No single word pops out of the mealy mouth of modern management more frequently than "inappropriate". It manages to avoid being specific about the transgression while suggesting that the person using it has moral standards significantly higher than everybody else's.
And now it's "inappropriate" behaviour involving a researcher that has got Hardeep Singh Kohli suspended from his roving reporting role for BBC's The One Show. Somebody reported somebody else and before anyone could stop it the corporation's disciplinary procedure had swung into action and he's being hung out to dry for six months - and this is where it really sounds as if the captain of the second eleven has got pissed and thrown up at the back of the coach - "to reflect on his behaviour". Honestly. Wouldn't we rather be dismissed in shame than sent off to reflect on our behaviour?
A couple of thoughts occur:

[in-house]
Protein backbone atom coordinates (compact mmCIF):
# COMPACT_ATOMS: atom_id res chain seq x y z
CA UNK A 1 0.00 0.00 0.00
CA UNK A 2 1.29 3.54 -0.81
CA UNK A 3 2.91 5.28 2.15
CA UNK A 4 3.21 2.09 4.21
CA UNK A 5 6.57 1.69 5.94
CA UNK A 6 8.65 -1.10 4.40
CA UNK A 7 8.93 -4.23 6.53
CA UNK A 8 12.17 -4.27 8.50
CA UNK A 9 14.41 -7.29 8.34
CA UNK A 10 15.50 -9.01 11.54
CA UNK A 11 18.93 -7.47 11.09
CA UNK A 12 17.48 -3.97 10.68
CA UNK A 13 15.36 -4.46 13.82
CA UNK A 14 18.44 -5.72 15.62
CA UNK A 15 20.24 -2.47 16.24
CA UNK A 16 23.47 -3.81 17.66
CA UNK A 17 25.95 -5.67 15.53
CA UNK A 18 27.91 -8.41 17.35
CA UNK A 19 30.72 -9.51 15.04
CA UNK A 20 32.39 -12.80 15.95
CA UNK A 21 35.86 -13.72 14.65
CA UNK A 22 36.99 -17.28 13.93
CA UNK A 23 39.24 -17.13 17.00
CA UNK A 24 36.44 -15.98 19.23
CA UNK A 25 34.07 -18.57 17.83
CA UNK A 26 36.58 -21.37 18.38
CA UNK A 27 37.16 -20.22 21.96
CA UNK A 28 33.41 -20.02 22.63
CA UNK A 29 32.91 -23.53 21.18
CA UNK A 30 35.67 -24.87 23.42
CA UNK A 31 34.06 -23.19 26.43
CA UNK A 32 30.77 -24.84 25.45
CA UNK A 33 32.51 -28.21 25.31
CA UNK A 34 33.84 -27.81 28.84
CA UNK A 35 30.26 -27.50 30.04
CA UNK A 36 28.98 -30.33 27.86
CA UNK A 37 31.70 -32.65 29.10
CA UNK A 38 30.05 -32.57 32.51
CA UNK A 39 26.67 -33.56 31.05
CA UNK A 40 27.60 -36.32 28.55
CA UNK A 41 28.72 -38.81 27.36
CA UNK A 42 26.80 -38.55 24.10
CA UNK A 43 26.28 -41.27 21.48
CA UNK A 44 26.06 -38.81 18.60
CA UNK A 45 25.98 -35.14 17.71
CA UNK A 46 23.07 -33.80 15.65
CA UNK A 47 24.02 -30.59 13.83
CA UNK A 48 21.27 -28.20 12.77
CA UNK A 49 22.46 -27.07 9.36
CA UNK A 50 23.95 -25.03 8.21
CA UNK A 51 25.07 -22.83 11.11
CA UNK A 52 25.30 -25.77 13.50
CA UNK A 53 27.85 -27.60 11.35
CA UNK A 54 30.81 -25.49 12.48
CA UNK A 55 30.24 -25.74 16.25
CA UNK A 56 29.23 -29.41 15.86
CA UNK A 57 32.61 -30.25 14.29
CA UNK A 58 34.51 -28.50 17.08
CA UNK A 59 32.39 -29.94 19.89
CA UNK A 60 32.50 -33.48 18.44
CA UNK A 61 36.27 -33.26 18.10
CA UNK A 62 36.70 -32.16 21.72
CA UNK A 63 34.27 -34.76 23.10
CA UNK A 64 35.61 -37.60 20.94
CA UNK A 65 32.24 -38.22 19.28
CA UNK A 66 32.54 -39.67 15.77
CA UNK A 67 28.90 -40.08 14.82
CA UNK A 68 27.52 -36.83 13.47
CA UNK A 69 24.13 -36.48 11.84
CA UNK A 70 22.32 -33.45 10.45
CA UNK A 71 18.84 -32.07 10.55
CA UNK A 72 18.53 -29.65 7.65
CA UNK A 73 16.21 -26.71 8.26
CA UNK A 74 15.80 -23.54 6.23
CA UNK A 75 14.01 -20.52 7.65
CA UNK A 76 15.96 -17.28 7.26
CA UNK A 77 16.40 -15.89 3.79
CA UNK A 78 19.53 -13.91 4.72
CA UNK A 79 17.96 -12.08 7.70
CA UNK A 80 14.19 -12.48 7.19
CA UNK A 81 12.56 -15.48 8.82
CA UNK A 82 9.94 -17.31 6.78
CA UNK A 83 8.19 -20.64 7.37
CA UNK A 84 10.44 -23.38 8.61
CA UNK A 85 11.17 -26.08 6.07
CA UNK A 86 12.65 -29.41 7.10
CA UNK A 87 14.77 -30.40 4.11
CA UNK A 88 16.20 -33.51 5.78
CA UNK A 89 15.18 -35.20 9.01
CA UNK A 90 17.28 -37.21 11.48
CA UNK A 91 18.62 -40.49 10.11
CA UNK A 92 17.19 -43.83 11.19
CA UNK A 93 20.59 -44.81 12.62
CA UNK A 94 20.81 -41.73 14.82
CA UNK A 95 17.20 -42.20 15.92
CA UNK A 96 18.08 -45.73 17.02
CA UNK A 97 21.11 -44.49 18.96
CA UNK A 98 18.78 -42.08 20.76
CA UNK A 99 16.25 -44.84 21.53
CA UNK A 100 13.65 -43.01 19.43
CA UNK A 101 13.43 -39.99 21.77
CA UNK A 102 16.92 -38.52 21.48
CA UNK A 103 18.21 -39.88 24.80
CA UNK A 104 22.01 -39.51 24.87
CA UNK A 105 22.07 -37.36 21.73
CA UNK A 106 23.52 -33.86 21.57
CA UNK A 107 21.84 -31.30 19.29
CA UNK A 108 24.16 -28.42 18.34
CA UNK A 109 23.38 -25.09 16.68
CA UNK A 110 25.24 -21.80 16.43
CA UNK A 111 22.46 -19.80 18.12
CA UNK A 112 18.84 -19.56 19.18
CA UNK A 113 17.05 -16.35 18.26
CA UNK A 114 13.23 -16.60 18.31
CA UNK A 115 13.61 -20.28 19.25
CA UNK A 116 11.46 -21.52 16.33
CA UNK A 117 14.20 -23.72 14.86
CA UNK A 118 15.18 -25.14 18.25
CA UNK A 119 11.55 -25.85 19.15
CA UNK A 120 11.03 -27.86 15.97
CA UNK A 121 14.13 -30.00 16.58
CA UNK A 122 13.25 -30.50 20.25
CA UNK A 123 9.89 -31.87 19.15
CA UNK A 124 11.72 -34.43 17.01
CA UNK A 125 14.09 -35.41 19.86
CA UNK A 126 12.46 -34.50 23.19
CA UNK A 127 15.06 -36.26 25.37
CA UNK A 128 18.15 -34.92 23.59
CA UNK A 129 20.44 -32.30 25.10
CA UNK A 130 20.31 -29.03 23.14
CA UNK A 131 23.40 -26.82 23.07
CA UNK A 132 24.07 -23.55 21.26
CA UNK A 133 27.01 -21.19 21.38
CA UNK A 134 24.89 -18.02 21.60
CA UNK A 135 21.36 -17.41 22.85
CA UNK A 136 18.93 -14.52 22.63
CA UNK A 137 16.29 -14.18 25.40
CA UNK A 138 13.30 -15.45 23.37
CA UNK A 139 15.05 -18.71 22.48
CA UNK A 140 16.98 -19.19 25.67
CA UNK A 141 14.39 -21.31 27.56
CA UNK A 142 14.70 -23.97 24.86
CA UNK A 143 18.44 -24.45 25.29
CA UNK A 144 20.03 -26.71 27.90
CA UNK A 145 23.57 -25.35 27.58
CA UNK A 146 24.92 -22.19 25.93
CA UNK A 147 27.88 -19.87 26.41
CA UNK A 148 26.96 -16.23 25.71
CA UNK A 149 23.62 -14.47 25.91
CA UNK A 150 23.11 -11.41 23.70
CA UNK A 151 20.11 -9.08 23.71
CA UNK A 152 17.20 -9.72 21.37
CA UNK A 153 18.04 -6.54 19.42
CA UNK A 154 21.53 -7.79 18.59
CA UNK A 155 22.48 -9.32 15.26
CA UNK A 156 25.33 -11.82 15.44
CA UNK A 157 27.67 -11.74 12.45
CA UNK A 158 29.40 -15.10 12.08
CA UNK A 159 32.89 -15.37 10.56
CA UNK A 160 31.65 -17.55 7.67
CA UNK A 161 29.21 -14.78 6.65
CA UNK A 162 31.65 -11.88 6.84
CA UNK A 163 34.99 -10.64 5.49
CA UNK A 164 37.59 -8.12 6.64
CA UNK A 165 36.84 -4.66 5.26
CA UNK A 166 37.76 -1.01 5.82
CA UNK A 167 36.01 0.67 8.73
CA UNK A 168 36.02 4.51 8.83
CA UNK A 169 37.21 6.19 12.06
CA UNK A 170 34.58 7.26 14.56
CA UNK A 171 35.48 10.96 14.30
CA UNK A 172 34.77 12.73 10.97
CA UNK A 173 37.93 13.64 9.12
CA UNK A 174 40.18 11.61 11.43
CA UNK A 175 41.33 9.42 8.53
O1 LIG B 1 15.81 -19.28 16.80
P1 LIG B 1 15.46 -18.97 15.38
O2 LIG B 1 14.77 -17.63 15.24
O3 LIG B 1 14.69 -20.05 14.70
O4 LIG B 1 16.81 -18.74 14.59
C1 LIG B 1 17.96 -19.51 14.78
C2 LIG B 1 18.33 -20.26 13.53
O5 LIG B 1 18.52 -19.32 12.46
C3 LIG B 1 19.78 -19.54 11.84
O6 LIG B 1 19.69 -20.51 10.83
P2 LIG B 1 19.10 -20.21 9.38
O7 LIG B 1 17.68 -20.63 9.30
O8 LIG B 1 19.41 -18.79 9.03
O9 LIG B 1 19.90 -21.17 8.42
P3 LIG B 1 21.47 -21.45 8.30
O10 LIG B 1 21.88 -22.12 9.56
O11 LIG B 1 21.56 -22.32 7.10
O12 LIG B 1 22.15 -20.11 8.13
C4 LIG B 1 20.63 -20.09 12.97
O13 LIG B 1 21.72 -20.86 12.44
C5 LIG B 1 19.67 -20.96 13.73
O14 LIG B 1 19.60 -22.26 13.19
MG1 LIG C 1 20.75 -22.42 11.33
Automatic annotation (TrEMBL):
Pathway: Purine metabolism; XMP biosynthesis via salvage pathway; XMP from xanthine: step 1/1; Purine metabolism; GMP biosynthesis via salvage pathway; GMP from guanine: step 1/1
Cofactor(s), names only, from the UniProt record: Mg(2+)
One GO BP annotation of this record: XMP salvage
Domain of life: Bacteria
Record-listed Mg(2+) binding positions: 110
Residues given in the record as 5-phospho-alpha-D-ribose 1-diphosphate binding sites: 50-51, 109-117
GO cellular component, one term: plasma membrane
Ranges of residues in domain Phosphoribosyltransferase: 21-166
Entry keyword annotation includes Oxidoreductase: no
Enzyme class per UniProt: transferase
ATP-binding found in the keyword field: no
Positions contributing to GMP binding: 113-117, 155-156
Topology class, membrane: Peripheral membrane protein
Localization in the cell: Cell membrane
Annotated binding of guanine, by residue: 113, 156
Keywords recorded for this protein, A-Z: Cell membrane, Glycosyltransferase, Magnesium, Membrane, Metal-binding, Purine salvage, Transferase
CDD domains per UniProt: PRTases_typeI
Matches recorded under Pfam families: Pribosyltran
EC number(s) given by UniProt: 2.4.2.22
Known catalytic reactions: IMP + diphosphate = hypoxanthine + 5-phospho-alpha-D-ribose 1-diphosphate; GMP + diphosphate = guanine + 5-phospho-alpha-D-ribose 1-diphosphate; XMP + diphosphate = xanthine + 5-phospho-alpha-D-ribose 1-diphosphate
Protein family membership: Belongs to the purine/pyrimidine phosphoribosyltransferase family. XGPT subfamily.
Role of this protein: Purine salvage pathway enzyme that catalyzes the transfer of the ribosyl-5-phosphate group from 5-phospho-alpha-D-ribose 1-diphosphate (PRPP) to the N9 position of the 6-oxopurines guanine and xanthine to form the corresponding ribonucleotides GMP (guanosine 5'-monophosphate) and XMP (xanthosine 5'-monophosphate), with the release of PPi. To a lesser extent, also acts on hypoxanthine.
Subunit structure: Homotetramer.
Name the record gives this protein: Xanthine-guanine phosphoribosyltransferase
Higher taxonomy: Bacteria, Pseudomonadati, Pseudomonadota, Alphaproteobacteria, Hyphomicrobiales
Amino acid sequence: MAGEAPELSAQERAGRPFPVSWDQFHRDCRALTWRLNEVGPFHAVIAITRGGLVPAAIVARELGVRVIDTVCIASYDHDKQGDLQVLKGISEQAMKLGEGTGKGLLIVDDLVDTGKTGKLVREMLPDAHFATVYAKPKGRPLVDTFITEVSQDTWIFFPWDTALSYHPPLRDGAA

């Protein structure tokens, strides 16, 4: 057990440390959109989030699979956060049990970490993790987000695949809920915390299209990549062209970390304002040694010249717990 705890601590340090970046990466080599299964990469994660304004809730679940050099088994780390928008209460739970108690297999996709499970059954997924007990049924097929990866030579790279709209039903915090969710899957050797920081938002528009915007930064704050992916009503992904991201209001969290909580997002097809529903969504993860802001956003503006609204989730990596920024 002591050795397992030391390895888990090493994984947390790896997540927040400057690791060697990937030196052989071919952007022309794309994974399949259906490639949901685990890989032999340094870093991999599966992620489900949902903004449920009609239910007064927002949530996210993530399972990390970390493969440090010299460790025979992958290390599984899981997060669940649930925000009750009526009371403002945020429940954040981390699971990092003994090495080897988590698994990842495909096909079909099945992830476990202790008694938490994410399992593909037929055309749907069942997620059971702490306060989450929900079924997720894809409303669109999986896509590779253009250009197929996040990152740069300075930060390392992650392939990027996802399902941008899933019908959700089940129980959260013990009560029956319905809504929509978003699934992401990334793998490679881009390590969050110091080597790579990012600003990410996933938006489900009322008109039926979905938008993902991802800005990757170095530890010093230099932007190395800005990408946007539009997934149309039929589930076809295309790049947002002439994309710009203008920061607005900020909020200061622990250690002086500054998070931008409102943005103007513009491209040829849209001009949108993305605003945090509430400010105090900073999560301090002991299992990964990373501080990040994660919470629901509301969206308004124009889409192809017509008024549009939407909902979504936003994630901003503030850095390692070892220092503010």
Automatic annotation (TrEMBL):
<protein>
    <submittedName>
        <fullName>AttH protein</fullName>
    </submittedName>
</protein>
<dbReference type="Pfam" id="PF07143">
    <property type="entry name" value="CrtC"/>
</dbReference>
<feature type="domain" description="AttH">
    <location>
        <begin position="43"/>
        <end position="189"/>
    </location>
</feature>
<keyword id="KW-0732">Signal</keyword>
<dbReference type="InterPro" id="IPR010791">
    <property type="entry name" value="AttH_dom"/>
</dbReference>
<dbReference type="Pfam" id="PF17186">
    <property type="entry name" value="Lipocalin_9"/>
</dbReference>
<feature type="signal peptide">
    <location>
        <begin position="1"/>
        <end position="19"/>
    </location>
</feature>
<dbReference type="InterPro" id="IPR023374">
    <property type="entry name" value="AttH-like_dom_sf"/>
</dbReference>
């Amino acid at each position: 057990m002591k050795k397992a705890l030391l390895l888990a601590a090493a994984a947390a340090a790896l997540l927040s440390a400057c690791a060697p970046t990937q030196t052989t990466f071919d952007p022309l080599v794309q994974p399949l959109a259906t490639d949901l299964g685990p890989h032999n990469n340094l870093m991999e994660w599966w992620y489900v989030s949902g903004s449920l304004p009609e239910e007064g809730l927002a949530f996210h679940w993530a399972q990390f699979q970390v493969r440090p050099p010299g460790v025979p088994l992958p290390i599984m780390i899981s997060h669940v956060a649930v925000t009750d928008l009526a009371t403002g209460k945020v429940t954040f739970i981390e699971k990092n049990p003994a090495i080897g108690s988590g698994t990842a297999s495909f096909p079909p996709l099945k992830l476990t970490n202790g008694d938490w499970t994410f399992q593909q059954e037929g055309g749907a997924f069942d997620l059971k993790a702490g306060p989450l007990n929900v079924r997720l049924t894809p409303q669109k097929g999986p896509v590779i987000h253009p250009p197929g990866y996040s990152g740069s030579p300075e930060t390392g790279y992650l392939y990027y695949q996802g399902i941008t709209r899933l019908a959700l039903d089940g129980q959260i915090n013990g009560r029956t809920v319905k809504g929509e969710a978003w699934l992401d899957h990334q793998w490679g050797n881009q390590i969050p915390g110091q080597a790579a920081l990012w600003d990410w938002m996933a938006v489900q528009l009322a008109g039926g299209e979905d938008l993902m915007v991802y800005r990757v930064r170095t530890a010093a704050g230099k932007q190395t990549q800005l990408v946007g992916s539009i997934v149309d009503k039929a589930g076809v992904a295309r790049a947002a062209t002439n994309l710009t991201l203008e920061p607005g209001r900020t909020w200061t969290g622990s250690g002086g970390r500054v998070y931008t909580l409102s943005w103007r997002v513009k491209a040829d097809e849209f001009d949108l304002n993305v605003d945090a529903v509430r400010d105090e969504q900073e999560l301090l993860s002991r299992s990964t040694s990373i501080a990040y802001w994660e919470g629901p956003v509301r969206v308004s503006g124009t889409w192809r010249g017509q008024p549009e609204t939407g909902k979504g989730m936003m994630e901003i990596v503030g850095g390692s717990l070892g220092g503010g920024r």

1. In the media the standard interpersonal stuff which makes every work environment interesting is often further, er, enlivened by the presence of fame, money and influence. Part of me thinks that if you don't want to tangle with what's involved when highly competitive show-offs work closely together for long periods of time you should get a job with, say, the Church of England. But then I've read "Barchester Towers" so I know that it goes on pretty much everywhere. And the researcher who was on the receiving end of the "inappropriate" behaviour didn't formally complain. Which makes the whole incident even more puzzling.
2. What with this and the Carol Thatcher case you do wonder who's supposed to be managing The One Show. Local difficulties like these shouldn't turn up on the front pages. In my experience if you have to instigate a disciplinary procedure you've lost control. This particularly applies with freelance contributors. Surely you take them for a walk and warn them how they might be coming over to people. If that doesn't work you just don't ring them any more.